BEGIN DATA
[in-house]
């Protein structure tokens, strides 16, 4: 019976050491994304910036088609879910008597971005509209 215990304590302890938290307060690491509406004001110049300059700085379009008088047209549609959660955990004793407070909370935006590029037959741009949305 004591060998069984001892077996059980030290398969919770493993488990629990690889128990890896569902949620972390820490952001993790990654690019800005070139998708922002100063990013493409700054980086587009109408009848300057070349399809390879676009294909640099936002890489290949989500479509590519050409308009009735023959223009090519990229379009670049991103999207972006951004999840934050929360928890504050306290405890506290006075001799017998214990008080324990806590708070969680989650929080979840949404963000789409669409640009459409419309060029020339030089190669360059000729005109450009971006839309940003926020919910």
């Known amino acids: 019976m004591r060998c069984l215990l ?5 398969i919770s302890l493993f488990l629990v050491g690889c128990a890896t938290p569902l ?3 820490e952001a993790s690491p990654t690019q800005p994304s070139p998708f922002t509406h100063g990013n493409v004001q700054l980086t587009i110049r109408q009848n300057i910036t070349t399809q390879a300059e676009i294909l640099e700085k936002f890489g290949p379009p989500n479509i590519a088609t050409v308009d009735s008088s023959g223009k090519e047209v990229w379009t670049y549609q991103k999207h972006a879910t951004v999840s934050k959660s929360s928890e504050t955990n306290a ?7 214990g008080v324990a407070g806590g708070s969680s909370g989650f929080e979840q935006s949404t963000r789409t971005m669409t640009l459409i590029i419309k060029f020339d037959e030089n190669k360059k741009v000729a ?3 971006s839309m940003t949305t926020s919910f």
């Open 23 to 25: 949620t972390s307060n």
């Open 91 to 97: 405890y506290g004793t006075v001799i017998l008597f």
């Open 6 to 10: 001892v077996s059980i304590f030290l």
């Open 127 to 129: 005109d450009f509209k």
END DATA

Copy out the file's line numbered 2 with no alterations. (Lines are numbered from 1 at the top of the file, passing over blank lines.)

């Protein structure tokens, strides 16, 4: 019976050491994304910036088609879910008597971005509209 215990304590302890938290307060690491509406004001110049300059700085379009008088047209549609959660955990004793407070909370935006590029037959741009949305 004591060998069984001892077996059980030290398969919770493993488990629990690889128990890896569902949620972390820490952001993790990654690019800005070139998708922002100063990013493409700054980086587009109408009848300057070349399809390879676009294909640099936002890489290949989500479509590519050409308009009735023959223009090519990229379009670049991103999207972006951004999840934050929360928890504050306290405890506290006075001799017998214990008080324990806590708070969680989650929080979840949404963000789409669409640009459409419309060029020339030089190669360059000729005109450009971006839309940003926020919910």